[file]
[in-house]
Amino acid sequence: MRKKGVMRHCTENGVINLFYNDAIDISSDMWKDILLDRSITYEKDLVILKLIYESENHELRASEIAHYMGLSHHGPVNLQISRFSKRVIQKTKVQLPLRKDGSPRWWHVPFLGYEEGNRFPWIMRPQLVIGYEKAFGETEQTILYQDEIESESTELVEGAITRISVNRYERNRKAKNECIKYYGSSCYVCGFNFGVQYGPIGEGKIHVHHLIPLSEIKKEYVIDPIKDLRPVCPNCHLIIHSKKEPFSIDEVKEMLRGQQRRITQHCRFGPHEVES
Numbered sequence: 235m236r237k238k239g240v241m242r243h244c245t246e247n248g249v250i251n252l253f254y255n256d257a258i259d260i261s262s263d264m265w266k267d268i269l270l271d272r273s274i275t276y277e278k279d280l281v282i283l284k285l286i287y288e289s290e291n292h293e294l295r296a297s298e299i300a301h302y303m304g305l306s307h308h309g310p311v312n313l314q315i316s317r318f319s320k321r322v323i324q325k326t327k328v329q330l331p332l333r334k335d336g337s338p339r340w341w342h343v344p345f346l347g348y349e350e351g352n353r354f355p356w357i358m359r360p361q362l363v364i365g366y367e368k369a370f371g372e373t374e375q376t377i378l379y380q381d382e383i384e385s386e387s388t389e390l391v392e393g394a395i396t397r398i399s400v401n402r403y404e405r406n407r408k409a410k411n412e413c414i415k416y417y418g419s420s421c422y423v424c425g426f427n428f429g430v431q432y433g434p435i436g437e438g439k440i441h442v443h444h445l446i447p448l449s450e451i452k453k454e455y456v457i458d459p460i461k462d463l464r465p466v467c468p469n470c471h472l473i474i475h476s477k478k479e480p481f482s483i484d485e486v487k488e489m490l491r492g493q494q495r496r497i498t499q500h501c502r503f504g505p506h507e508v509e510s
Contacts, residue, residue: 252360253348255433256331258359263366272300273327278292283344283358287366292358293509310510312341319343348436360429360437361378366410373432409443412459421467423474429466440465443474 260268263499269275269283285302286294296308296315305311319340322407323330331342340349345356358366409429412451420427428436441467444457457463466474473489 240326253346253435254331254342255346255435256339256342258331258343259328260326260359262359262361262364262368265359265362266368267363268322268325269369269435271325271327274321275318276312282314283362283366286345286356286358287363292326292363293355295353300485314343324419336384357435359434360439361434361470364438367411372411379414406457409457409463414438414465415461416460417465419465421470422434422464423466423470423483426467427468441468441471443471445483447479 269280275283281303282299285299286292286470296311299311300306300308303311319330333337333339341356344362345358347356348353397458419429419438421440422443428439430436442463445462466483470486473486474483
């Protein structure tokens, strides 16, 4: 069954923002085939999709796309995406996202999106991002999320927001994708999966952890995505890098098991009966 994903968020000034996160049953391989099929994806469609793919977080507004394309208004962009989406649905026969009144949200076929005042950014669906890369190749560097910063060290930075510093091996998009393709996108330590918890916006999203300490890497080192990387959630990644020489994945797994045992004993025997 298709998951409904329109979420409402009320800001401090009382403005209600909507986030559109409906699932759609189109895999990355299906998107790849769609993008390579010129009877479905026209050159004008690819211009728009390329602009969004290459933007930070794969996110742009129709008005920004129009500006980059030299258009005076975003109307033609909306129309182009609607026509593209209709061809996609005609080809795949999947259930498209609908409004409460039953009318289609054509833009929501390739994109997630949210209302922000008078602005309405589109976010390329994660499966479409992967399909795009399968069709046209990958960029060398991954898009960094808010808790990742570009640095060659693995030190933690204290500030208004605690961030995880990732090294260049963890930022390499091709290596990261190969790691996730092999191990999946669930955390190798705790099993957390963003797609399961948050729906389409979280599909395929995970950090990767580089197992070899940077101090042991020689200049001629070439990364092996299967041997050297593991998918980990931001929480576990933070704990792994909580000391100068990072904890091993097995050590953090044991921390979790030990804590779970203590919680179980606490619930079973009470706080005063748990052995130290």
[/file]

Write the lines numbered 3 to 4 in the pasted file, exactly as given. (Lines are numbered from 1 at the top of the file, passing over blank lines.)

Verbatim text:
Numbered sequence: 235m236r237k238k239g240v241m242r243h244c245t246e247n248g249v250i251n252l253f254y255n256d257a258i259d260i261s262s263d264m265w266k267d268i269l270l271d272r273s274i275t276y277e278k279d280l281v282i283l284k285l286i287y288e289s290e291n292h293e294l295r296a297s298e299i300a301h302y303m304g305l306s307h308h309g310p311v312n313l314q315i316s317r318f319s320k321r322v323i324q325k326t327k328v329q330l331p332l333r334k335d336g337s338p339r340w341w342h343v344p345f346l347g348y349e350e351g352n353r354f355p356w357i358m359r360p361q362l363v364i365g366y367e368k369a370f371g372e373t374e375q376t377i378l379y380q381d382e383i384e385s386e387s388t389e390l391v392e393g394a395i396t397r398i399s400v401n402r403y404e405r406n407r408k409a410k411n412e413c414i415k416y417y418g419s420s421c422y423v424c425g426f427n428f429g430v431q432y433g434p435i436g437e438g439k440i441h442v443h444h445l446i447p448l449s450e451i452k453k454e455y456v457i458d459p460i461k462d463l464r465p466v467c468p469n470c471h472l473i474i475h476s477k478k479e480p481f482s483i484d485e486v487k488e489m490l491r492g493q494q495r496r497i498t499q500h501c502r503f504g505p506h507e508v509e510s
Contacts, residue, residue: 252360253348255433256331258359263366272300273327278292283344283358287366292358293509310510312341319343348436360429360437361378366410373432409443412459421467423474429466440465443474 260268263499269275269283285302286294296308296315305311319340322407323330331342340349345356358366409429412451420427428436441467444457457463466474473489 240326253346253435254331254342255346255435256339256342258331258343259328260326260359262359262361262364262368265359265362266368267363268322268325269369269435271325271327274321275318276312282314283362283366286345286356286358287363292326292363293355295353300485314343324419336384357435359434360439361434361470364438367411372411379414406457409457409463414438414465415461416460417465419465421470422434422464423466423470423483426467427468441468441471443471445483447479 269280275283281303282299285299286292286470296311299311300306300308303311319330333337333339341356344362345358347356348353397458419429419438421440422443428439430436442463445462466483470486473486474483